WIOTA – The Wiota Lutheran Church is celebrating 175 years of going strong during Wiota Church Heritage Weekend from Aug. 23-25.
The East Wiota Lutheran church is the oldest Norwegian Lutheran church still in use in America.
Chicago and Milwaukee were two destination points for the early Norwegian immigrants during the 1800s. Many heard about “Hamilton Diggings” in Southwest Wisconsin and traveled to seek employment as diggers, miners and smelters. “Hamilton Diggings”, also known as just “Hamilton” was later renamed Wiota.
The first known religious services were conducted in 1837. The first service was held in a stone house at the Five Corners, approximately one mile east of the present East Wiota Lutheran Church. From 1825-1843, the immigrants were without ordained pastors because the State Church of Norway were discouraging migration to America and were indifferent to the spiritual needs of their children in the new world. Laymen then conducted services in homes, schools and outdoors.
The first missionary pastor to minister to the Wiota pioneers was Claus Clausen, a Dane. While studying law in Denmark, he came in contact with a young man who had been converted. Clausen surrendered his life to Christ and found peace with God. Because of failing health, he went to Norway. He was much impressed by what he read and heard about Hans Nielson Hauge and planned to go as a missionary to Africa when his attention was called to the dire needs for teachers of the Norwegian immigrants. In October 1843, Clausen was ordained in Muskego. He traveled a wide area, which included Wiota.
A Letter of Call was issued by several small settlements in southwest Wisconsin, including Wiota, offering a minister’s salary of $300 besides a parsonage and 80 or 160 acres of land. It is said to have been initiated by Knud Knudsen, a blacksmith in Hamilton’s Settlement and a prominent immigrant from Drammen, Norway. Rev. J. W. C. Dietrichson accepted the call and came in 1844. As a missionary pastor, he came as a representative of the State Church of Norway.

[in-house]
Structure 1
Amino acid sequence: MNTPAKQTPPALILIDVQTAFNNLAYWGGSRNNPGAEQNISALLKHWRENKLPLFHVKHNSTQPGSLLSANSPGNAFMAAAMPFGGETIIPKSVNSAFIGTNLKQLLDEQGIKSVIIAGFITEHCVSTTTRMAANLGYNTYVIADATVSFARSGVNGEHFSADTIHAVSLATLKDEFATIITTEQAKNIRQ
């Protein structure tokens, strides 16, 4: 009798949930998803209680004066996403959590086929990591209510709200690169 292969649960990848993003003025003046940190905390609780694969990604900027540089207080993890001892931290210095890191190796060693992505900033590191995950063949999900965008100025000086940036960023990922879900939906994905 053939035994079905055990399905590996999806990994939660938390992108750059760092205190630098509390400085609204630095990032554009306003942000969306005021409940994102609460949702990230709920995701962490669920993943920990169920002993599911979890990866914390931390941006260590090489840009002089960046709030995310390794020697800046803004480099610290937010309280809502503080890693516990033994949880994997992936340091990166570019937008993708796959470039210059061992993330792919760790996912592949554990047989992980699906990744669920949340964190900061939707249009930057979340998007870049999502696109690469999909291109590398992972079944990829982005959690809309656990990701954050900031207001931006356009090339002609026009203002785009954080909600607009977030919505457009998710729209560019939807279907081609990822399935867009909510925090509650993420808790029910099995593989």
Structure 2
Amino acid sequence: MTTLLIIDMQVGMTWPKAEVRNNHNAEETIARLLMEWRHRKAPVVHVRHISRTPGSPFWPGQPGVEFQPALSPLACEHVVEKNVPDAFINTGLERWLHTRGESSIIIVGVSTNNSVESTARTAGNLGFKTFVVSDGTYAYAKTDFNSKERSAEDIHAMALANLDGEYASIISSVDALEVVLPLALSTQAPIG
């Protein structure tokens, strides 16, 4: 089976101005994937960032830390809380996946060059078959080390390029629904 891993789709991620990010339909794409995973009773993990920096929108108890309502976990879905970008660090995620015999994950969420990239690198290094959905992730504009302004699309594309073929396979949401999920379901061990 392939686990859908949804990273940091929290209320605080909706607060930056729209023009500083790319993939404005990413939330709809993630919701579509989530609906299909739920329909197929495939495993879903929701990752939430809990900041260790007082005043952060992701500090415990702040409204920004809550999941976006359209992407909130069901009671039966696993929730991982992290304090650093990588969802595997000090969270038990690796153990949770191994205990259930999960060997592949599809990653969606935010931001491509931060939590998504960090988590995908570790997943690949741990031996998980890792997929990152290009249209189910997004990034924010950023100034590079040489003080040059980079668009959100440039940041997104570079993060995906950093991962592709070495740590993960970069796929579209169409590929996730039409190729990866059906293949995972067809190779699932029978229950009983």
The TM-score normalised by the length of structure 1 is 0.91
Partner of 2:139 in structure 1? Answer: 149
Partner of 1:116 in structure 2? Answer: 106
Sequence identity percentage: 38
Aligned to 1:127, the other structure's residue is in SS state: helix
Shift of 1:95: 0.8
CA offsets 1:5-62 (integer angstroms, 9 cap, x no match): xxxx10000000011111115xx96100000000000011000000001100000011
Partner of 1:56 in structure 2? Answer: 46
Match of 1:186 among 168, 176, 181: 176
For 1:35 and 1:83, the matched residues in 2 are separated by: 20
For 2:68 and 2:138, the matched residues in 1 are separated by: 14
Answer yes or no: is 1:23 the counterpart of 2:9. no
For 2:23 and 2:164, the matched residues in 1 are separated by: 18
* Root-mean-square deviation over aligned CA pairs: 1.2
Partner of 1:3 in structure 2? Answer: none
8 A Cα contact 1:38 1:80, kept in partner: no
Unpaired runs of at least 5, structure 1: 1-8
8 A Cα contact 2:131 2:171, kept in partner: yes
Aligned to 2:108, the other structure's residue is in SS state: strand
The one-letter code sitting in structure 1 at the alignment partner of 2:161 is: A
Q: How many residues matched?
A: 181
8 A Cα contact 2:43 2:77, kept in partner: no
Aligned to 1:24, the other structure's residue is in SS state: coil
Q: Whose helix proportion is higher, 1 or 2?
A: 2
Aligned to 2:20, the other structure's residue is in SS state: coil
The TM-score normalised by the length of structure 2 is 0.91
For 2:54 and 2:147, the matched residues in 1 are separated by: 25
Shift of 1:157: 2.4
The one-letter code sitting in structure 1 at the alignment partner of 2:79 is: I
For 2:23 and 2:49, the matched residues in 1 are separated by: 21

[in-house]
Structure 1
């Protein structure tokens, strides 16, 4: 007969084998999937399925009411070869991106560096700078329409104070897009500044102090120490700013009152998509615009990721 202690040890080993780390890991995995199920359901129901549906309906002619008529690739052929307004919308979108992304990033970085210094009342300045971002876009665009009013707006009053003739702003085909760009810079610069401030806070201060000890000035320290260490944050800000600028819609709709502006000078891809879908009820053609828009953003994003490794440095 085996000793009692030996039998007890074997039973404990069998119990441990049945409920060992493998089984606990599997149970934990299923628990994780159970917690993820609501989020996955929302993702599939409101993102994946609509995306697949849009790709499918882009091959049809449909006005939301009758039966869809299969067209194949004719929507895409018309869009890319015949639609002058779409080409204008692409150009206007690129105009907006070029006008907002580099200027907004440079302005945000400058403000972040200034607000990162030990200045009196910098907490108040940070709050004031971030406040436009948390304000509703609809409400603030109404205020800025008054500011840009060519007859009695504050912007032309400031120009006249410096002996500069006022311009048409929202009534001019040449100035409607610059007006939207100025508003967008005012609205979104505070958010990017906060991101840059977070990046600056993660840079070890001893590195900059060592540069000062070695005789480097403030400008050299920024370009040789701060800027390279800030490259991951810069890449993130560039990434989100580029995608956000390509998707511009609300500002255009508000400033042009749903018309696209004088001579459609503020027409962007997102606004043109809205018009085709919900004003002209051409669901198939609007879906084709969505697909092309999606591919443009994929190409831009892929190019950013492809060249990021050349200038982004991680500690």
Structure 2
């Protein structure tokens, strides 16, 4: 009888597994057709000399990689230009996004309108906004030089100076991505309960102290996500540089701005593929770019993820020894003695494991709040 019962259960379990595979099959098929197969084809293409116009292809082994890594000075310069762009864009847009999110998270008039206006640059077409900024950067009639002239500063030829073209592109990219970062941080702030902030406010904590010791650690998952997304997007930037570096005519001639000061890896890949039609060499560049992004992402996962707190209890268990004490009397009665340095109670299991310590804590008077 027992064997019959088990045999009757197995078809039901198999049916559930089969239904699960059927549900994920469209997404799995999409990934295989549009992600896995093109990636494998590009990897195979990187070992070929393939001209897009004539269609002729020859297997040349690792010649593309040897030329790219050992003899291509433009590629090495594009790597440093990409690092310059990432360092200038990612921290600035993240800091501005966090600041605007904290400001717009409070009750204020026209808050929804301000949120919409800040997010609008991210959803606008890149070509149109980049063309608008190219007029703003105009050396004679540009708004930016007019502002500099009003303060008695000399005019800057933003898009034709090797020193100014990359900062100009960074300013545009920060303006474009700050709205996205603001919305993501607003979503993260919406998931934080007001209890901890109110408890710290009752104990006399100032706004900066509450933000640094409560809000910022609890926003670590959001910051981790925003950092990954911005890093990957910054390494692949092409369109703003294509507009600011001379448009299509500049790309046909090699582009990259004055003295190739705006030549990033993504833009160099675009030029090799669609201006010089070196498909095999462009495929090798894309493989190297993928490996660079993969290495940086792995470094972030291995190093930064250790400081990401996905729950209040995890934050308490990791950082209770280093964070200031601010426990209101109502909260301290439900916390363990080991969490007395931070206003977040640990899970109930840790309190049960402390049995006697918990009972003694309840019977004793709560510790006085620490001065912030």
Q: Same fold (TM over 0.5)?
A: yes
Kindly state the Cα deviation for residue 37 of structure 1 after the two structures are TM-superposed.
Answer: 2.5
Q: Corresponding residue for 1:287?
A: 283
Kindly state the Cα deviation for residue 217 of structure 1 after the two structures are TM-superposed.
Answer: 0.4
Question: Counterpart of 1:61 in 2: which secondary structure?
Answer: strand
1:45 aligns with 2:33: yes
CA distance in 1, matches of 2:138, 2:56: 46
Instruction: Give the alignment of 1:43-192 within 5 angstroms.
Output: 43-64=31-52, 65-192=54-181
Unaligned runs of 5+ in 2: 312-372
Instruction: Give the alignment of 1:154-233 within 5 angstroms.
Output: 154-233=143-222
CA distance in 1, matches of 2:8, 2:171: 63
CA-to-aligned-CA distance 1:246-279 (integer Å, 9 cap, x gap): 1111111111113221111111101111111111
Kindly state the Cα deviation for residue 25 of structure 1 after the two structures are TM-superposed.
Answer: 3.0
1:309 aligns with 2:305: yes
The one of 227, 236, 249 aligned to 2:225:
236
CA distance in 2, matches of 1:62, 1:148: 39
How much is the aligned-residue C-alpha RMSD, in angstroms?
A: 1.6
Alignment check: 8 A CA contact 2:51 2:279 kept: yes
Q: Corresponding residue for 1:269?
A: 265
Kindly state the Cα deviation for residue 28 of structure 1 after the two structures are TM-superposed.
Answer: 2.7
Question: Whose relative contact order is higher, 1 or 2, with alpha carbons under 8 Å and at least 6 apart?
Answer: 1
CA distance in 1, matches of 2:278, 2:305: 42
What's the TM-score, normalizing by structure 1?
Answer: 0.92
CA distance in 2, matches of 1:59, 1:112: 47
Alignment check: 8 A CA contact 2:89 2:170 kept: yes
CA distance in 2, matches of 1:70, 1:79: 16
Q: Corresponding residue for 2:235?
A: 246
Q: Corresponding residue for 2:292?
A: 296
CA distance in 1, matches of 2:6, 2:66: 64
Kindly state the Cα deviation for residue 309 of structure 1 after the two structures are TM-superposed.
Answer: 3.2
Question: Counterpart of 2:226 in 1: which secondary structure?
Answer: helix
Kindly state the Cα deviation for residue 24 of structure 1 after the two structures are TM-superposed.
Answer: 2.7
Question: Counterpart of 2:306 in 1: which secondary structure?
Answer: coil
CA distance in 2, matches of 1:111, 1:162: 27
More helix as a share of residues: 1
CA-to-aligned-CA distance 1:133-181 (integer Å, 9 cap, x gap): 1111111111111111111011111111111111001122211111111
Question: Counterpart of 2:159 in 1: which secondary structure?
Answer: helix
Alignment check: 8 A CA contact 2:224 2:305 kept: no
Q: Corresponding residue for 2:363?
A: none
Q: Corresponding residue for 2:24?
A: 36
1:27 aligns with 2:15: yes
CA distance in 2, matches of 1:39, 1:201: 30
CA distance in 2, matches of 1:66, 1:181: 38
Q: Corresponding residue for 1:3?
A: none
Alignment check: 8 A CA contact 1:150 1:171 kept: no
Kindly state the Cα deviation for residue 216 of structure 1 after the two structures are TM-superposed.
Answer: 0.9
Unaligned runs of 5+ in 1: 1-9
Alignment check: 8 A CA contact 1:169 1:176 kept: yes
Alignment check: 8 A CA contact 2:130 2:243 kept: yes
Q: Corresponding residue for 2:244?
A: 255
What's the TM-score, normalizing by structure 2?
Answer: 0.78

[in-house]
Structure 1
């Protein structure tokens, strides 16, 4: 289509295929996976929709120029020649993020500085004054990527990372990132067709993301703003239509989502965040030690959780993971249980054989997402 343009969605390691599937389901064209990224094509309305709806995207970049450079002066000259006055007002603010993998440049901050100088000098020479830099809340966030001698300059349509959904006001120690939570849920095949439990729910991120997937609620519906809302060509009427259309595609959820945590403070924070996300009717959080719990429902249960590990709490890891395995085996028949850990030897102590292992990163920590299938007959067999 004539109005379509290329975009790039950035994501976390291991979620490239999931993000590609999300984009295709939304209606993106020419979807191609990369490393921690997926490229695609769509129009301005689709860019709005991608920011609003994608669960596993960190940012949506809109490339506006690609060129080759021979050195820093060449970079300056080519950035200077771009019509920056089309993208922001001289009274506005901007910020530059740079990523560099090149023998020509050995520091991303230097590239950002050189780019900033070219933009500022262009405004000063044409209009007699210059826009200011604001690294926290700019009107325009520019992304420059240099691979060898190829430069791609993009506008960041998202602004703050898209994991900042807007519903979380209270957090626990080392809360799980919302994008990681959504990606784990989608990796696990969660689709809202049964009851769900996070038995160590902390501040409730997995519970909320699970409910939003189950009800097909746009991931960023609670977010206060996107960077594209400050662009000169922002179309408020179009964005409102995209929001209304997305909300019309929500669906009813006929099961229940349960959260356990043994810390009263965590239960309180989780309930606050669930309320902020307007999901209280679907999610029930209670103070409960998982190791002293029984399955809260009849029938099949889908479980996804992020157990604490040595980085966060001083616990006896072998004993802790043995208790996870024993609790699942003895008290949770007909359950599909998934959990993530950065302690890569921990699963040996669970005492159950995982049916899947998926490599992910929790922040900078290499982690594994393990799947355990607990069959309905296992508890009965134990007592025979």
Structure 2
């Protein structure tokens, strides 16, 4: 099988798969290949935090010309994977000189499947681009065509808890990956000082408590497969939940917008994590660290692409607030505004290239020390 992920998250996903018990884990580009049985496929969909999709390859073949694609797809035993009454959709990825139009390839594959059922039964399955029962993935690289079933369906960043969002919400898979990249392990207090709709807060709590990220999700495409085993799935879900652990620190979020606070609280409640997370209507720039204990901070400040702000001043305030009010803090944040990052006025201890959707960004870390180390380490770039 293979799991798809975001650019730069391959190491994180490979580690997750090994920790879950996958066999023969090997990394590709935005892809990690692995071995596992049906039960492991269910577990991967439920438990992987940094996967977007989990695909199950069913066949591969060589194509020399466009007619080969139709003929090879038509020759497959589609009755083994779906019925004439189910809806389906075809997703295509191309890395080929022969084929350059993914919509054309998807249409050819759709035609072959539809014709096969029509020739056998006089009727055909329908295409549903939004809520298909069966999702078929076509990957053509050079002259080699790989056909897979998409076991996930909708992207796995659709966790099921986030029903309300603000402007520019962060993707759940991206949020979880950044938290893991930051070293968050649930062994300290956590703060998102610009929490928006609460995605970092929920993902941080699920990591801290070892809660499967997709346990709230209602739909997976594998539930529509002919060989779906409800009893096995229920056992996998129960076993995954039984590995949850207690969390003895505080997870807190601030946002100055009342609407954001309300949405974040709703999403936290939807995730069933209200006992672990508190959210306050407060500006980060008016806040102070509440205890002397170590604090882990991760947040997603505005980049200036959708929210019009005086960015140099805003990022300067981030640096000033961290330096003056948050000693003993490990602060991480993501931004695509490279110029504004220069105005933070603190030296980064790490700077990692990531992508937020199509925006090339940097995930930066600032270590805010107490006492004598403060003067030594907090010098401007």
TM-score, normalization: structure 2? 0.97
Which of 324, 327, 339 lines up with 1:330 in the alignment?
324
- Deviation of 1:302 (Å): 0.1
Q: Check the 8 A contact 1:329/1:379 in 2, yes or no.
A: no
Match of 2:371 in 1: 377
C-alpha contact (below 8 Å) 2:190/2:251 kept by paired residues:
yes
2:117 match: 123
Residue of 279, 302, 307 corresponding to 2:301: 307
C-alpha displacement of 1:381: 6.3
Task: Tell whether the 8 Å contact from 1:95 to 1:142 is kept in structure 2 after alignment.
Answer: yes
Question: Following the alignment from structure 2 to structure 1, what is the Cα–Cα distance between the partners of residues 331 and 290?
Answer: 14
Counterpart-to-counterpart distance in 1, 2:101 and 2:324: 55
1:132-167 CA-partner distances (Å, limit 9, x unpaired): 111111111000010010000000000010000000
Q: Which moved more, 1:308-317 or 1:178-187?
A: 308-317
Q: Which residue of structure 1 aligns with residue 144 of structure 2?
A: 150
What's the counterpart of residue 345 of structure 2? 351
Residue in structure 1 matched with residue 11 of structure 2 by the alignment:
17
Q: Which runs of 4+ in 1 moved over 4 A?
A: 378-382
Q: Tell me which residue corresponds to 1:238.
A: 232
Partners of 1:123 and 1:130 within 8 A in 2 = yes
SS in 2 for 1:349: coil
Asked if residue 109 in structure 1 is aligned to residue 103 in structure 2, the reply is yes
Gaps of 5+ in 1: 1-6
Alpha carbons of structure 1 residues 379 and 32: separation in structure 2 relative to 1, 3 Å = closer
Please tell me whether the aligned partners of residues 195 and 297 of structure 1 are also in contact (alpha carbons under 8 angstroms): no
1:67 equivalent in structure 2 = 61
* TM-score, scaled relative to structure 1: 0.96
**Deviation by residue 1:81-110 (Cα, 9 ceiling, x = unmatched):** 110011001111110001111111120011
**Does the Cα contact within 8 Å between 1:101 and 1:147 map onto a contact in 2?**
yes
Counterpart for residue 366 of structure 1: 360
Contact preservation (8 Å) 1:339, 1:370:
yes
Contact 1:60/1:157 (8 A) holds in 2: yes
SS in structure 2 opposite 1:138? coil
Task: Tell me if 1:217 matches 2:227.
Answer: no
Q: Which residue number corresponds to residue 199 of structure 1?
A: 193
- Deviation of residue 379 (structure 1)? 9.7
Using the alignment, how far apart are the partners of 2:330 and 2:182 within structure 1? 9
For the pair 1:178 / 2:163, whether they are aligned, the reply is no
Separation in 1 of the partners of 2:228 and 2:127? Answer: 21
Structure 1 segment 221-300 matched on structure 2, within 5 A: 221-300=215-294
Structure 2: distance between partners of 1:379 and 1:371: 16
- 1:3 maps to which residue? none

Later in 1844, Rev. J. W. C. Dietrichson organized the Wiota Congregation, with Knud Knudsen as chairman. But between 1844-46, Wiota did not have a permanent pastor. After ties were severed with Clausen, the congregation realized they needed to go ahead and build a church. Preparations to building the church began in 1847 with land being cleared. On Feb. 7, 1851 they reorganized and incorporated. They chose the name Norwegian Evangelical Lutheran Church or Norsk Evangelisk Lutherisk Menighed, in Norwegian.
After 32 meetings the decision was reached to build the church in the present location. At first 40 acres of land were obtained from the school district, School District No. 2, and then again another 35 acres were deeded to the church on Feb. 14, 1853. It was recorded, “The church shall be started by the master mason on the 15th of April and shall be finished by the same by the 15th of June, 1851. The rest shall be completed by the 1st of August next.”
The church was built on voluntary donations then the total amount was divided equally among the congregation. The total amount was $933. Rock walls made up the total size of the church. Logs were hauled from a farm south of Woodford. The floor was laid in April and May 1854 for $4.